Attackers often seek to insert their own code into target apps, systems, and devices to change how a program runs, gain unauthorized access to data and systems, or control a network, system, or device remotely. SQL injection, cross-site scripting, and remote file injection are some common code injection attacks.
Anything that runs on code and isn’t properly secured can be vulnerable to code injection attacks. Different strains of code injection attacks can impact apps and websites, databases, networks, and connected devices of all kinds, including wireless video cameras, display screens, medical diagnostic equipment, printers, phones, and even ethernet cables.
A code injection vulnerability can allow attackers to corrupt or steal data, deface websites and apps, and launch ransomware attacks. Injection of worms, viruses, and other malware designed to propagate can cause a code injection attack to spread well beyond the initial entry point. Code injection vulnerabilities can also allow privilege escalation, leading to the remote takeover of devices, apps, websites, and networks.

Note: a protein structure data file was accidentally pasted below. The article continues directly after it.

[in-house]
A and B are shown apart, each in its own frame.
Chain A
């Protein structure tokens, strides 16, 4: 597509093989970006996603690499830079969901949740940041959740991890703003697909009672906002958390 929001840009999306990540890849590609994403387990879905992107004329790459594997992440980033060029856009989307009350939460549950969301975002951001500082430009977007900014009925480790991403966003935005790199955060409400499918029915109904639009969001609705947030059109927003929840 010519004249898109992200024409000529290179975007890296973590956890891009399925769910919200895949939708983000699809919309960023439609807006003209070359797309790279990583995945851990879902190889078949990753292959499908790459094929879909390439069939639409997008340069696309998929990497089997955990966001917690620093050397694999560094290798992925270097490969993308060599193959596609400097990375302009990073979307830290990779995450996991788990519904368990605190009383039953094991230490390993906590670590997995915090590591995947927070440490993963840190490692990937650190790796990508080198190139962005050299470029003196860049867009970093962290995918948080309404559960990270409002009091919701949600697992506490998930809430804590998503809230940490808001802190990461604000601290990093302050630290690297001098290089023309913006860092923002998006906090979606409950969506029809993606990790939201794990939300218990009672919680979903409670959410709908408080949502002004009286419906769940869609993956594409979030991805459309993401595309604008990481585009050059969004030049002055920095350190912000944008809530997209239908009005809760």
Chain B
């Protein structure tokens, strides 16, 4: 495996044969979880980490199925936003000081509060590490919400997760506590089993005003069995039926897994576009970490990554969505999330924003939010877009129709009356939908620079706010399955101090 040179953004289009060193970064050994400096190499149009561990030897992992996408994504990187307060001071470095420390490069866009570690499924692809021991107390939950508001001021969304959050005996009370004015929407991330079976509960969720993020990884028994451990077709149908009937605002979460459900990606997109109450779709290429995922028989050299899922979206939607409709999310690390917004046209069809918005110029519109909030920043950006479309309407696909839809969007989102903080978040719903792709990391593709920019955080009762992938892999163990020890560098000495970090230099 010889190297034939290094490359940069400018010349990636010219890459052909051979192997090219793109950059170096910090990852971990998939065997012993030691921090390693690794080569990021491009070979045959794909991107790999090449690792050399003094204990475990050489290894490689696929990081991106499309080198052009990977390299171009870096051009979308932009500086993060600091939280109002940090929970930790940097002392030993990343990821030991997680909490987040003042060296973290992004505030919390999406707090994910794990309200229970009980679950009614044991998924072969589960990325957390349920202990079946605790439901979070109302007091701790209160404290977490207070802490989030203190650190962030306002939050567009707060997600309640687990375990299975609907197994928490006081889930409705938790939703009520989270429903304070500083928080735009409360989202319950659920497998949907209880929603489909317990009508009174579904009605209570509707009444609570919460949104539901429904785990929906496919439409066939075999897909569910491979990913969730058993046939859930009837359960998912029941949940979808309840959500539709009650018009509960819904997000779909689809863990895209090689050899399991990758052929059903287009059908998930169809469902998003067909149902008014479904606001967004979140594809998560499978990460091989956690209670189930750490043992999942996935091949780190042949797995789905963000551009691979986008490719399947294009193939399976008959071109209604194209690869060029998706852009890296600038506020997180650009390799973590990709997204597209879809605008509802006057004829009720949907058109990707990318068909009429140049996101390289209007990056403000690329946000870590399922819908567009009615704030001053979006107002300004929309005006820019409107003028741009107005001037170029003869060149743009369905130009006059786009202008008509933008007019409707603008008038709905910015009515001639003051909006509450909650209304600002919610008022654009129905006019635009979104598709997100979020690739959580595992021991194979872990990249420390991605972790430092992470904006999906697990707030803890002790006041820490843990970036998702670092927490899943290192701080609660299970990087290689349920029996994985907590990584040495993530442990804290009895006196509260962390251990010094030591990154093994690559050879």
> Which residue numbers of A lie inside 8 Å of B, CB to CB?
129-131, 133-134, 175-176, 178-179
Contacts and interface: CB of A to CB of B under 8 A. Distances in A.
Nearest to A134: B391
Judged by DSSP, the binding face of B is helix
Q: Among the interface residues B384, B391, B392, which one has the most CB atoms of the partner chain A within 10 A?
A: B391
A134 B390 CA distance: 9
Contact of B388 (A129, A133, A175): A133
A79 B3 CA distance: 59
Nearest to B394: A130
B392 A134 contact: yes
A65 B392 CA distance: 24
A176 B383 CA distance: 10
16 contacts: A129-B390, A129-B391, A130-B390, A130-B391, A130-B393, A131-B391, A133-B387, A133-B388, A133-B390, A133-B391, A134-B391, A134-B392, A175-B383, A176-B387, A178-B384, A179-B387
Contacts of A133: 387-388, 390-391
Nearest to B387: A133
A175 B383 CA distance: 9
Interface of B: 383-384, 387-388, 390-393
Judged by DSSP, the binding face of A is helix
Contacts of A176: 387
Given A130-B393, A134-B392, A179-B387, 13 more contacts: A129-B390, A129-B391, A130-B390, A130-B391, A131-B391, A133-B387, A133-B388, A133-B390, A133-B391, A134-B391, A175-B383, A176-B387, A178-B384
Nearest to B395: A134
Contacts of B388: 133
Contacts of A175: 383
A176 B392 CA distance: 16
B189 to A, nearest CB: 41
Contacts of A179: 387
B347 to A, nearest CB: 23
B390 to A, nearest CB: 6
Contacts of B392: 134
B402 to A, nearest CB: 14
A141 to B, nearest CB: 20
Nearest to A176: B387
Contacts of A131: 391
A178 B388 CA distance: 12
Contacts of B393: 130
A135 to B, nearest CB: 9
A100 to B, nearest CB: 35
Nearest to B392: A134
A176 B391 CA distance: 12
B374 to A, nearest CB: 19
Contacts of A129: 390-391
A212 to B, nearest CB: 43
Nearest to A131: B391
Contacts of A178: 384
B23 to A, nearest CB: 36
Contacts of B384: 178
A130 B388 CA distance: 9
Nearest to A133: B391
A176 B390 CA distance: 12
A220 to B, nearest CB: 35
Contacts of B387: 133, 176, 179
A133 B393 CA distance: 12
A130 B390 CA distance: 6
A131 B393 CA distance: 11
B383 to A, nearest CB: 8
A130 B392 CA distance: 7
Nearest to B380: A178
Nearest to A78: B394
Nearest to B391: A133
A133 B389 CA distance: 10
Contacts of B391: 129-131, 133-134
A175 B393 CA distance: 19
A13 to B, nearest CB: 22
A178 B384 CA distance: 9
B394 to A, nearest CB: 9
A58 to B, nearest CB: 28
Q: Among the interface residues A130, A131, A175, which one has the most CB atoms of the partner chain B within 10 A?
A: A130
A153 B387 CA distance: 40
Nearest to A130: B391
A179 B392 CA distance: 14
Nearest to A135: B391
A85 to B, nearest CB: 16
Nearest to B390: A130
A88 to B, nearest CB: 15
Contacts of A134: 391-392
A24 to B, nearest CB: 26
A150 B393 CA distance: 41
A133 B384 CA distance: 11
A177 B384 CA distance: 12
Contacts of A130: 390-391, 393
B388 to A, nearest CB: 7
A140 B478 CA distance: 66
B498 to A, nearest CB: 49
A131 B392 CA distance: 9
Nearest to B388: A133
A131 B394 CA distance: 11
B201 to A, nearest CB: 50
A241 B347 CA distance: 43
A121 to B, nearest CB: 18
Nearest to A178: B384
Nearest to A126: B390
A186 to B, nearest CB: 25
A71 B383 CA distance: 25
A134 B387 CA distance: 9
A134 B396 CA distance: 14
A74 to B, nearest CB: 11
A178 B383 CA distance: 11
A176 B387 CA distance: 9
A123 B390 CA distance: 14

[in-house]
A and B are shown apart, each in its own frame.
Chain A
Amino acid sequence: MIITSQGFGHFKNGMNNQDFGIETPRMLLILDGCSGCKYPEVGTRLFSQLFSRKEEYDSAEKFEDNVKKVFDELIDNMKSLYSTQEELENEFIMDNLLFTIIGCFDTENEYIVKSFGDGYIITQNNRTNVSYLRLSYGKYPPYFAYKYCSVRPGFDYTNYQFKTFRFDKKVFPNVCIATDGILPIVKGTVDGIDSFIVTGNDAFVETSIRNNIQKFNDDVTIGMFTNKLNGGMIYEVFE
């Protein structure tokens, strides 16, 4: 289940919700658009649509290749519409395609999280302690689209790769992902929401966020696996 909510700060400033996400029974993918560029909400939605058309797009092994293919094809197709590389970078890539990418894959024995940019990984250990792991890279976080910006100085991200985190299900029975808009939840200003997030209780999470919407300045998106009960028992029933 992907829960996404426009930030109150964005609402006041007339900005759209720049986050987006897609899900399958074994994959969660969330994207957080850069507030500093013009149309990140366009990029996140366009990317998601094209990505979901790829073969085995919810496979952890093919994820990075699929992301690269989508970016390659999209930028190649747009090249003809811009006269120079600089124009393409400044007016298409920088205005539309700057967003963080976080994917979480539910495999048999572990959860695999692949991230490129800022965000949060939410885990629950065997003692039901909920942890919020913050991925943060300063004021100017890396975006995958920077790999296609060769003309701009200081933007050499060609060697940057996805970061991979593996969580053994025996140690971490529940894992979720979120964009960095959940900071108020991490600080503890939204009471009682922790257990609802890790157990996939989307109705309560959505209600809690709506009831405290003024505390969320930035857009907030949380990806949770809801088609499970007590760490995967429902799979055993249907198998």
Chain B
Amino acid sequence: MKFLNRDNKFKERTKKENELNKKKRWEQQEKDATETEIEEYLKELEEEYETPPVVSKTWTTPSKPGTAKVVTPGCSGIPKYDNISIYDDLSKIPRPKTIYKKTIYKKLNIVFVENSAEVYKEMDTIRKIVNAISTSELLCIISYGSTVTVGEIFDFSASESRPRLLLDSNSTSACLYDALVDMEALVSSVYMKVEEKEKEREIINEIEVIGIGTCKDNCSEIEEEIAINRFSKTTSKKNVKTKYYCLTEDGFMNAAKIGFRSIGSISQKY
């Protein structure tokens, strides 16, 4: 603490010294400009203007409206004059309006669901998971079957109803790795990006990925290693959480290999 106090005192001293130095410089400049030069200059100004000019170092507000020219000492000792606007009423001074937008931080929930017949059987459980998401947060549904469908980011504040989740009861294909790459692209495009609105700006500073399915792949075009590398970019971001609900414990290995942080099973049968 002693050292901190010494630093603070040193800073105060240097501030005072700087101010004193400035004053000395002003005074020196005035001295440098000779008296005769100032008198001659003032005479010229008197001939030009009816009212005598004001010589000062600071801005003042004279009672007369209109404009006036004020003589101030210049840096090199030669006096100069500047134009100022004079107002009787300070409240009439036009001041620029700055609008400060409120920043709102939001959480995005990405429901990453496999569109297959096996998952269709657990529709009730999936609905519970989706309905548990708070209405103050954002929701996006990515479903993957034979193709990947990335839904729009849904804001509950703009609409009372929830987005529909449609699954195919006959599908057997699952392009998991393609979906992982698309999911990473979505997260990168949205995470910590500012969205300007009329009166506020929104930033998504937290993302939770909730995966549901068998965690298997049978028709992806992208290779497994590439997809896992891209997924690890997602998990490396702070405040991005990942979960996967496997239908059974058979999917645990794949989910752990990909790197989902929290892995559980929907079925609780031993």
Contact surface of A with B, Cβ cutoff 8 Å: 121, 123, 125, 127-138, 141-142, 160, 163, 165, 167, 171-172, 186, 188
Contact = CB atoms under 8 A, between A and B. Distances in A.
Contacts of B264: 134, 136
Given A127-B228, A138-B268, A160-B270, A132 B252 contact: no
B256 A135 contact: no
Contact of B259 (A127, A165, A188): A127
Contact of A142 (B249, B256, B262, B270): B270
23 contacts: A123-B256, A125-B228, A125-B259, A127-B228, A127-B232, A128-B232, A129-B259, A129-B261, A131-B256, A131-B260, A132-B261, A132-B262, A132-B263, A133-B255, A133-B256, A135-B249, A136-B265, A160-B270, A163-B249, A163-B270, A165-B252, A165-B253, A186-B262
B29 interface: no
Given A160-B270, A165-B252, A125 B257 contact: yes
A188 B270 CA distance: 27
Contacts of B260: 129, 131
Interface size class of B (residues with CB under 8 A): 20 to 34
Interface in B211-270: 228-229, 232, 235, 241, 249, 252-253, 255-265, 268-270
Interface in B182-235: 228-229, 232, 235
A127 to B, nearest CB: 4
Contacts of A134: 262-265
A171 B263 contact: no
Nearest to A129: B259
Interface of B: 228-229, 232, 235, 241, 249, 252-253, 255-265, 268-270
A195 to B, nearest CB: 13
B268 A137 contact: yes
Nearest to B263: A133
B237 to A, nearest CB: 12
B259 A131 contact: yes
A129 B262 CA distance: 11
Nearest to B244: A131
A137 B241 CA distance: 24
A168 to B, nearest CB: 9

Code injection attacks rely on introducing new or ambiguous code into an application.
Code injection prevention focuses primarily on limiting the amount and quality of code that can be introduced. Preventive steps include:
– Limiting users’ ability to inject code.
– Actively looking for and remediating known vulnerabilities.
– Monitoring device behavior to detect code injection attacks in real time.
A security solution that continuously assesses an organization’s devices can identify known vulnerabilities in device operating systems and software in real time. That enables the cybersecurity team to remediate those vulnerabilities manually or create policies to automatically install the necessary updates.
Because code injection attacks only need one entry point to potentially affect an entire app, website, network, or organization, prevention begins with the identification of every device on the organization’s networks and in their airspace. The Armis platform uses passive, agentless technology to identify every device, including unmanaged medical, IIoT, OT, and ICS devices, and managed assets, portable devices, and cloud instances.
As Armis identifies each device, the platform compares that device to unique device data held in the Armis Device Knowledgebase. This always-growing collection of data on more than two billion devices helps the platform analyze each discovered asset to identify vulnerable firmware and software, install patches and updates, raise alerts, and enforce policies when the platform detects a threat in real time. Get a demo to learn more.